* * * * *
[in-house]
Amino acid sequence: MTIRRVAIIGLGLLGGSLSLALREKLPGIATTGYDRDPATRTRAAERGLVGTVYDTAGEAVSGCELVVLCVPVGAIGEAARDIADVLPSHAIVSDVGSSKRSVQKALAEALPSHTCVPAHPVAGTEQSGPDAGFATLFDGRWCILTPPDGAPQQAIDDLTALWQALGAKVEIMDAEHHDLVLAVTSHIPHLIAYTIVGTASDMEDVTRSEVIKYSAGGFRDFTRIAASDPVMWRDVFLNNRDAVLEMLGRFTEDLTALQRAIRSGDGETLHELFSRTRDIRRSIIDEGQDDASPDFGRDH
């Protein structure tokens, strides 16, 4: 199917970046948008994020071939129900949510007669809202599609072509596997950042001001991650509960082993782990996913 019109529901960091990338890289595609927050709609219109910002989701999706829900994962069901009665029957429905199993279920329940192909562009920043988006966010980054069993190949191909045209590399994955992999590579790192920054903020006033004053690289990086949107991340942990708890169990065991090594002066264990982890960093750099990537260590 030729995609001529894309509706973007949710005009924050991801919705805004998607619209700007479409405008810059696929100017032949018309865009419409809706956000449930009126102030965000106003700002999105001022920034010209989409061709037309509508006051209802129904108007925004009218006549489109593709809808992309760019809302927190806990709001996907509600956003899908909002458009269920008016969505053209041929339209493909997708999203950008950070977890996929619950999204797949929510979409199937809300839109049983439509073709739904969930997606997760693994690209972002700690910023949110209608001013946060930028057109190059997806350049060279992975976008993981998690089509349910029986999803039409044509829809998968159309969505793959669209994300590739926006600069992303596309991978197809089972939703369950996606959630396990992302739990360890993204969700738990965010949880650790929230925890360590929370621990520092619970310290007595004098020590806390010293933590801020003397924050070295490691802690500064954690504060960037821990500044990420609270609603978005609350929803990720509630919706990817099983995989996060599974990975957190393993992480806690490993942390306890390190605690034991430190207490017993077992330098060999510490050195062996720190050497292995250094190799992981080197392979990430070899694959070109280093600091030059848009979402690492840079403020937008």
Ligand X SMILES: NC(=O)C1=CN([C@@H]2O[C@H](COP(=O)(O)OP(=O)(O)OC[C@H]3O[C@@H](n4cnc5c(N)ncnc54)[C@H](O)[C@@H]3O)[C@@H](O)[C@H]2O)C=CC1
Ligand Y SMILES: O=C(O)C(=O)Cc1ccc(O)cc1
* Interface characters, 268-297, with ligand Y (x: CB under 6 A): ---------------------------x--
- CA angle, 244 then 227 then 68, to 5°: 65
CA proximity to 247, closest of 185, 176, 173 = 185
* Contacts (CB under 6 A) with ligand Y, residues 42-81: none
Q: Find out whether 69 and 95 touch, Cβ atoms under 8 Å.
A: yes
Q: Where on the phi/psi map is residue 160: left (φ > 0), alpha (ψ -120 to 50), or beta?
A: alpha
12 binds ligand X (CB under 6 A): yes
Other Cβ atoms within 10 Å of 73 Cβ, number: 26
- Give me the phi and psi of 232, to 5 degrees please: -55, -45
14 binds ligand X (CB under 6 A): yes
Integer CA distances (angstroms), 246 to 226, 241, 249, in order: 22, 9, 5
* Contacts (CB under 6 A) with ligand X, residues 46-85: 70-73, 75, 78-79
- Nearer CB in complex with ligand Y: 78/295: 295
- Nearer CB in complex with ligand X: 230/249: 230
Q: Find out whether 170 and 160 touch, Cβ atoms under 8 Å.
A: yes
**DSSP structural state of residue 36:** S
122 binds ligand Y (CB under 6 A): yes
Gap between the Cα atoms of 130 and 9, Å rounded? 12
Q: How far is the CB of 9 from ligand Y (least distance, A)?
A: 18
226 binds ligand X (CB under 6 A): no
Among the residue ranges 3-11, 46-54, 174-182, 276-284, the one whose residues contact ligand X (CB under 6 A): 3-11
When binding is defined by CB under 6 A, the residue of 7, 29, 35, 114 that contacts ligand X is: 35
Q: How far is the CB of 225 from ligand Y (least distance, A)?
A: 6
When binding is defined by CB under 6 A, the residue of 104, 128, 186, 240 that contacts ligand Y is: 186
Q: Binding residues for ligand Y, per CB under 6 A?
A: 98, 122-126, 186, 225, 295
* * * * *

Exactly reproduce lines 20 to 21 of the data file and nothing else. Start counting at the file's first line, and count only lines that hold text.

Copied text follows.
- Nearer CB in complex with ligand Y: 78/295: 295
- Nearer CB in complex with ligand X: 230/249: 230